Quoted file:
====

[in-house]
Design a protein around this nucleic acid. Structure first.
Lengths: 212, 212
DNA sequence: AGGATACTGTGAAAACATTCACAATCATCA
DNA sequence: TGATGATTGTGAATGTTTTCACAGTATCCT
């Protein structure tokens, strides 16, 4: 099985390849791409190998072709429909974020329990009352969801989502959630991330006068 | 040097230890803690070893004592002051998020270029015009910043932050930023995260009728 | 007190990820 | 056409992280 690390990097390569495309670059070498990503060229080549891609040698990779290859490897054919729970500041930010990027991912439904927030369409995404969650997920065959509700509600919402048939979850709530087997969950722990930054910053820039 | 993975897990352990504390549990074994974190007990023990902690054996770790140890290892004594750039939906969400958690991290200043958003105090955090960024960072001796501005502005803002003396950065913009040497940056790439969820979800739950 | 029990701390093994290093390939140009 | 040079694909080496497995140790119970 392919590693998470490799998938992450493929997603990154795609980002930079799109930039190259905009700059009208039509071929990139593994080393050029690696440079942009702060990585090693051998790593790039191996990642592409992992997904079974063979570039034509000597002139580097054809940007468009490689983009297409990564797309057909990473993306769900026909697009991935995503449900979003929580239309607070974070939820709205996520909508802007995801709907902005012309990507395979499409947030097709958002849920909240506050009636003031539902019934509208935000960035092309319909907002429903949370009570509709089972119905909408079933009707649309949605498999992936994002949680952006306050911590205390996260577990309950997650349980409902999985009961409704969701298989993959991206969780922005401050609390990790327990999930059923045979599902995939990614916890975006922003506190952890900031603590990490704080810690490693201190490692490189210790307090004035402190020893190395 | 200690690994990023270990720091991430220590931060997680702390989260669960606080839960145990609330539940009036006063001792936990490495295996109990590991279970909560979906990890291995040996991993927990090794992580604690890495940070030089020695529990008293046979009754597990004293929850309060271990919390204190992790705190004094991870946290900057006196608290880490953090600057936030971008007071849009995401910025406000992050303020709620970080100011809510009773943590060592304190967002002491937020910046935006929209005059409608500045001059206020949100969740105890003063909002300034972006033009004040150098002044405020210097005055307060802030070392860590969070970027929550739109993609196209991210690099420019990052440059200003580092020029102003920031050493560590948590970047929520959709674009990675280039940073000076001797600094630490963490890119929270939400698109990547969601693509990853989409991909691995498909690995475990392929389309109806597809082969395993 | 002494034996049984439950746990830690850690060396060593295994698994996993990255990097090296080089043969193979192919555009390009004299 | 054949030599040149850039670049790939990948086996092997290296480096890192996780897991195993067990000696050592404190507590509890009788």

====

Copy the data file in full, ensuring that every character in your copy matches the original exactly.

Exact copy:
[in-house]
Design a protein around this nucleic acid. Structure first.
Lengths: 212, 212
DNA sequence: AGGATACTGTGAAAACATTCACAATCATCA
DNA sequence: TGATGATTGTGAATGTTTTCACAGTATCCT
């Protein structure tokens, strides 16, 4: 099985390849791409190998072709429909974020329990009352969801989502959630991330006068 | 040097230890803690070893004592002051998020270029015009910043932050930023995260009728 | 007190990820 | 056409992280 690390990097390569495309670059070498990503060229080549891609040698990779290859490897054919729970500041930010990027991912439904927030369409995404969650997920065959509700509600919402048939979850709530087997969950722990930054910053820039 | 993975897990352990504390549990074994974190007990023990902690054996770790140890290892004594750039939906969400958690991290200043958003105090955090960024960072001796501005502005803002003396950065913009040497940056790439969820979800739950 | 029990701390093994290093390939140009 | 040079694909080496497995140790119970 392919590693998470490799998938992450493929997603990154795609980002930079799109930039190259905009700059009208039509071929990139593994080393050029690696440079942009702060990585090693051998790593790039191996990642592409992992997904079974063979570039034509000597002139580097054809940007468009490689983009297409990564797309057909990473993306769900026909697009991935995503449900979003929580239309607070974070939820709205996520909508802007995801709907902005012309990507395979499409947030097709958002849920909240506050009636003031539902019934509208935000960035092309319909907002429903949370009570509709089972119905909408079933009707649309949605498999992936994002949680952006306050911590205390996260577990309950997650349980409902999985009961409704969701298989993959991206969780922005401050609390990790327990999930059923045979599902995939990614916890975006922003506190952890900031603590990490704080810690490693201190490692490189210790307090004035402190020893190395 | 200690690994990023270990720091991430220590931060997680702390989260669960606080839960145990609330539940009036006063001792936990490495295996109990590991279970909560979906990890291995040996991993927990090794992580604690890495940070030089020695529990008293046979009754597990004293929850309060271990919390204190992790705190004094991870946290900057006196608290880490953090600057936030971008007071849009995401910025406000992050303020709620970080100011809510009773943590060592304190967002002491937020910046935006929209005059409608500045001059206020949100969740105890003063909002300034972006033009004040150098002044405020210097005055307060802030070392860590969070970027929550739109993609196209991210690099420019990052440059200003580092020029102003920031050493560590948590970047929520959709674009990675280039940073000076001797600094630490963490890119929270939400698109990547969601693509990853989409991909691995498909690995475990392929389309109806597809082969395993 | 002494034996049984439950746990830690850690060396060593295994698994996993990255990097090296080089043969193979192919555009390009004299 | 054949030599040149850039670049790939990948086996092997290296480096890192996780897991195993067990000696050592404190507590509890009788």